Unit Labour Costs and Inflation: Alan Reynolds Takes on Some Old Friends
Alan Reynolds on that recent WSJ editorial:
That editorial rebukes the Fed for drifting “back to the era of the Phillips Curve,” which blamed inflation on “wage push” resulting from low unemployment. Yet the same editorial enthusiastically embraced the Phillips Curve, fretting that “unit labor costs are now 3.2 percent higher than a year ago; that’s the fastest increase since 2000, when monetary policy was considerably tighter than it is now.”…
The Phillips Curve notion that increases in unit labor costs predict or cause higher inflation was debunked in studies from the Federal Reserve Banks of Richmond (Yash Mehra), Dallas (Kenneth Emery and Chich-Ping Chang) and Cleveland. The latter paper, by Gregory Hess and Mark Schweitzer, found “little systematic evidence that ... unit labor costs are helpful for predicting inflation.”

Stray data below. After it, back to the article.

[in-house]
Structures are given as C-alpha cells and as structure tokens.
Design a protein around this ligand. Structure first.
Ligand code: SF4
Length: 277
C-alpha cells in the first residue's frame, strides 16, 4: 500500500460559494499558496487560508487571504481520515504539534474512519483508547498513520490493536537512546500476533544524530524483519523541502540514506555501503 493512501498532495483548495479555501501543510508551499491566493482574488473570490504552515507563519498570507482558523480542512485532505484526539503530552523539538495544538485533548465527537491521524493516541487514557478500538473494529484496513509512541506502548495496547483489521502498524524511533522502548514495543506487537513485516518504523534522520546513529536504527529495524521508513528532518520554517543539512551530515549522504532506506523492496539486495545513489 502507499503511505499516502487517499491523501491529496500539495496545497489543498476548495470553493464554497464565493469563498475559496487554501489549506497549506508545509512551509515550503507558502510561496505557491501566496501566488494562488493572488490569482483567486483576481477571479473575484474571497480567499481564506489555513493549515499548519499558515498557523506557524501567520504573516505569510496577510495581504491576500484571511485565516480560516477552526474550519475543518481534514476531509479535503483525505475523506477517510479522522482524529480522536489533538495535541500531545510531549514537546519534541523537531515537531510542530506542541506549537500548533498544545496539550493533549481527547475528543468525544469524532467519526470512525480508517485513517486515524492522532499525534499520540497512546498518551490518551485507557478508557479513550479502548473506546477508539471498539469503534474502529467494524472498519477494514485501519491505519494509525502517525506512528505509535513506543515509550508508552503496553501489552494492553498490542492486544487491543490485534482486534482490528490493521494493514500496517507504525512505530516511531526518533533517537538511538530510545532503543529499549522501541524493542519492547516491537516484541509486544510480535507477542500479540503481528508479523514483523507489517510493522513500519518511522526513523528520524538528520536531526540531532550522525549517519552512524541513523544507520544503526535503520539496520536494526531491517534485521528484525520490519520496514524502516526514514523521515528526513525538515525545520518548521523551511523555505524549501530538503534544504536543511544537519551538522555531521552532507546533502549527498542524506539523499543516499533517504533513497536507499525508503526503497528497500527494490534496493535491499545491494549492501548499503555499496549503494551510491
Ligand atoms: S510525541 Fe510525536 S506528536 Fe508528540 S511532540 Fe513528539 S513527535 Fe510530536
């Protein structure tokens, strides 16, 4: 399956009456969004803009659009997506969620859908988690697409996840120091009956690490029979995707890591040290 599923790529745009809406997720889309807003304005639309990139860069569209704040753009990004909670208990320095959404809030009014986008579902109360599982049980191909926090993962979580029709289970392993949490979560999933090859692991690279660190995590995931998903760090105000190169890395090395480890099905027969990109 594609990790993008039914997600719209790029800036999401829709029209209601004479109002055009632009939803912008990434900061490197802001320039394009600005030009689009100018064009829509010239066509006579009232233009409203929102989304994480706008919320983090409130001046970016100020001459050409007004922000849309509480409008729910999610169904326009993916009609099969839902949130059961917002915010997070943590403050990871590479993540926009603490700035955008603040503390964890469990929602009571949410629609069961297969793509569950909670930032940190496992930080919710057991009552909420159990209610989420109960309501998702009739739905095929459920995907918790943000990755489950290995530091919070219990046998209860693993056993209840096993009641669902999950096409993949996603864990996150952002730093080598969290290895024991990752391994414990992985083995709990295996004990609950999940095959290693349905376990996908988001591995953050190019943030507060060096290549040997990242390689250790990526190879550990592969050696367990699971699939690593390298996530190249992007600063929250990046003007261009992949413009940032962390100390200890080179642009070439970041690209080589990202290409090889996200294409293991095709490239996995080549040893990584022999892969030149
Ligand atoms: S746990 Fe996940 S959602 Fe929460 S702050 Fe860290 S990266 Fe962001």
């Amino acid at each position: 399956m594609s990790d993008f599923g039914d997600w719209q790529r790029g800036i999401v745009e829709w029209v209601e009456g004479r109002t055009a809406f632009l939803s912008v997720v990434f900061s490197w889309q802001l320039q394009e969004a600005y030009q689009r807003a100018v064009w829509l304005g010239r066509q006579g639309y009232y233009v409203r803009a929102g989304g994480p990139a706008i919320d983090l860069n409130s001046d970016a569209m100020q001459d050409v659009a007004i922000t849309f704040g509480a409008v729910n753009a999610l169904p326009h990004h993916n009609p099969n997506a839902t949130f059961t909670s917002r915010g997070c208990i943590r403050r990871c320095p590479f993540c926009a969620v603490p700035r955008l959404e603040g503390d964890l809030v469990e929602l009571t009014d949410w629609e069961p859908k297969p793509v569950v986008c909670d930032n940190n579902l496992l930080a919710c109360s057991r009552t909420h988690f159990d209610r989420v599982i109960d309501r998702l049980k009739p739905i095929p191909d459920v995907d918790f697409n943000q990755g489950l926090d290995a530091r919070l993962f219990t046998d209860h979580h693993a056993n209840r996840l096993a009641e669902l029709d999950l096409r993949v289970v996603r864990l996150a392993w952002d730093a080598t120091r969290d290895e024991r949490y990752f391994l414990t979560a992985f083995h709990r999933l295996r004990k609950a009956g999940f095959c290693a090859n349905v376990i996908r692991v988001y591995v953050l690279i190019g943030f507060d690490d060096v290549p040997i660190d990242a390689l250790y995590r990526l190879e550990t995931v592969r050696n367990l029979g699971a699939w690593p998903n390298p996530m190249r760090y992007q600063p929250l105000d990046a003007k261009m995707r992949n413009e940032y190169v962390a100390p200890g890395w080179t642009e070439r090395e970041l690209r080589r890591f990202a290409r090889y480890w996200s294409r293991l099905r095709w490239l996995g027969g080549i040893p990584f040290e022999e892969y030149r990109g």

A March 2005 study for the Bureau of Labor Statistics by Anirvan Banerji found that “upturns in unit labor cost growth actually lag upturns in CPI inflation 80 percent of the time.”
The Fed is right this time, for a change. I regret to say that their toughest critics, including many of my oldest and best friends, are wrong.
The Reserve Bank of Australia’s model of inflation is a mark-up model based in part on unit labour costs. The RBA are the first to concede that the data reject their model. They impose it anyway and ask if it predicts inflation. It does, which makes this approach defensible, but still not very satisfying.
posted on 11 August 2006 by skirchner
in Economics, Financial Markets
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